News Release

AASM to honor 2022 Trainee Investigator Award recipients

Award recognizes outstanding research presented at the SLEEP annual meeting

Grant and Award Announcement

American Academy of Sleep Medicine

The American Academy of Sleep Medicine will recognize the recipient of the 2022 Trainee Investigator Award, Dr. Catherine Heinzinger, during the AASM annual membership meeting, held June 6 in conjunction with SLEEP 2022. Three individuals will receive honorable mention.

The award program is open to AASM student, postdoctoral fellow and resident members who present an abstract at the SLEEP meeting. Each applicant’s abstract was blinded and reviewed by the AASM Education Committee, and the abstracts with the highest scores were selected for recognition. The 2022 recipients were determined from among 48 applicants.

The winner will receive a $1,000 award, and an award of $500 will be given to each of the honorable mention recipients. Their abstracts are available in the SLEEP 2022 abstract supplement. SLEEP 2022, the 36th annual meeting of the Associated Professional Sleep Societies, will be held in Charlotte, North Carolina, June 4-8.

Trainee Investigator Award Recipient
Dr. Catherine Heinzinger
Cleveland Clinic
Sleep-related hypoxemia association with incident atrial fibrillation in a clinic-based cohort

Dr. Catherine Heinzinger is a licensed clinical practitioner at the Cleveland Clinic Neurological Institute Sleep Disorders Center, a T32 scholar on the Supporting Multidisciplinary Achievement in Respiratory Research Training (SMARRT) grant at the Cleveland Clinic, and a master’s student in the Clinical Research Scholars Program at Case Western Reserve University. She is board-certified in family medicine and sleep medicine. Heinzinger’s research interests are electrophysiological and cardiovascular consequences of dysfunctional sleep pathophysiology. Under the mentorship of Dr. Reena Mehra, she is investigating the longitudinal relationships of sleep-disordered breathing and sleep architectural disruption with incident atrial fibrillation and stroke. Her next career development steps are to continue coursework in biostatistics and epidemiology, increase her publication record, and attain independent funding.

Honorable Mentions

Katie Cederberg, Ph.D.
Stanford University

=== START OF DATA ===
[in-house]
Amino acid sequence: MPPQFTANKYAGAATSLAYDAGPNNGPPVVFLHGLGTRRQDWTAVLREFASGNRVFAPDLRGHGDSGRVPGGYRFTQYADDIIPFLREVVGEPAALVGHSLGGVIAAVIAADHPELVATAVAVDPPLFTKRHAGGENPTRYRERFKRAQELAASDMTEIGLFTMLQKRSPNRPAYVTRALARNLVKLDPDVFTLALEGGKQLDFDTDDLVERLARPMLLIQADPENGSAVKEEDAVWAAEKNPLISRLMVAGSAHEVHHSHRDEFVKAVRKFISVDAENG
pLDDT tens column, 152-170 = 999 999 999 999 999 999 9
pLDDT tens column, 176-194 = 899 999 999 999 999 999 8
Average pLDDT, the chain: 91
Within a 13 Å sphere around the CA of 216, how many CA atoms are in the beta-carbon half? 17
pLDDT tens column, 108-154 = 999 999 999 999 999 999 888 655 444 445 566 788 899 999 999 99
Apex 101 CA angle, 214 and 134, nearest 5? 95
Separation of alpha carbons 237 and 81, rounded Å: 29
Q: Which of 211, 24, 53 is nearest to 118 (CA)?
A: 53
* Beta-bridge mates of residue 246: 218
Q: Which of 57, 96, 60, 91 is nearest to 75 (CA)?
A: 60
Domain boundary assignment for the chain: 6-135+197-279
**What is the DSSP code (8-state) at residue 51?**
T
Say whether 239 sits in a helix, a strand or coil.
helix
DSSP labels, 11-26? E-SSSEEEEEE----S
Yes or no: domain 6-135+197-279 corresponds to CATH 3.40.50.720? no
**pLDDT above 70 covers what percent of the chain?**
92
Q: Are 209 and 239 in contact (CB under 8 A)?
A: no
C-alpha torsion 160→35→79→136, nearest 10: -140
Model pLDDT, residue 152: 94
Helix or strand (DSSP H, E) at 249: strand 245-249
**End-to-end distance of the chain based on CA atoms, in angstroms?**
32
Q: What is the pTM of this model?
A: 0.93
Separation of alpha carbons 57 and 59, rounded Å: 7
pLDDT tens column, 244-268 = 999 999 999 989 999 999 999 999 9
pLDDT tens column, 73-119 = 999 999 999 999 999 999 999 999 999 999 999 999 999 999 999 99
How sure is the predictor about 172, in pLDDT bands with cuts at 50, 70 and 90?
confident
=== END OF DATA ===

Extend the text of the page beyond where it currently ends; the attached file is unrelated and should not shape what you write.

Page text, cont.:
Proteomic approach for understanding the mechanisms of periodic limb movements and restless legs syndrome

Katie Cederberg has a doctorate in rehabilitation science and is currently a T32 scholar in the Mignot Lab at Stanford University. Her primary research interests focus on studying the efficacy and effectiveness of exercise for managing symptoms of restless legs syndrome and co-occurring sleep conditions. Her long-term goal is to identify the appropriate exercise stimulus for maximizing the benefit of exercise and to develop prescriptive exercise parameters specifically for managing symptoms of RLS.


H. Matthew Lehrer, Ph.D.
University of Pittsburgh
Comparing sleep and homeostatic sleep drive between retired night shift workers and retired day workers

H. Matthew Lehrer has a doctorate in health behavior and health education, nutritional sciences, and quantitative methods and recently completed postdoctoral training at the University of Pittsburgh in the T32 Translational Research Training in Sleep Medicine program. He is currently an assistant professor of psychiatry and investigates the consequences of long-term sleep and circadian disruption on biological and cognitive aging. Lehrer’s work is supported by an NIA Career Development Award to study brain bioenergetics and Alzheimer’s-related neurodegeneration and cognitive function in retired night shift workers.

Greg Roussett, Ph.D.
University of California San Francisco
Does discrimination moderate the relationship between insomnia and telomere length in older adults from three racial/ethnic groups?

Greg Roussett is completing a doctorate in nursing at the University of California San Francisco. His research focuses on environmental social determinants by examining the effects of stigma and discrimination on sleep and health outcomes. He is also investigating the biopsychosocial factors that influence treatment response to cognitive behavioral therapy for insomnia. Roussett also is a psychiatric nurse practitioner, and he provides general psychiatry services to adults, offering evidence-based pharmacotherapy and psychotherapy.

Learn more about SLEEP 2022 at



For more information or to arrange an interview with an award recipient or an AASM spokesperson, please contact the AASM at 630-737-9700 or Photos of the award recipients are available by request.

About the American Academy of Sleep Medicine
Established in 1975, the American Academy of Sleep Medicine (AASM) is advancing sleep care and enhancing sleep health to improve lives. The AASM has a combined membership of 11,000 accredited member sleep centers and individual members, including physicians, scientists and other health care professionals (

Disclaimer: AAAS and EurekAlert! are not responsible for the accuracy of news releases posted to EurekAlert! by contributing institutions or for the use of any information through the EurekAlert system.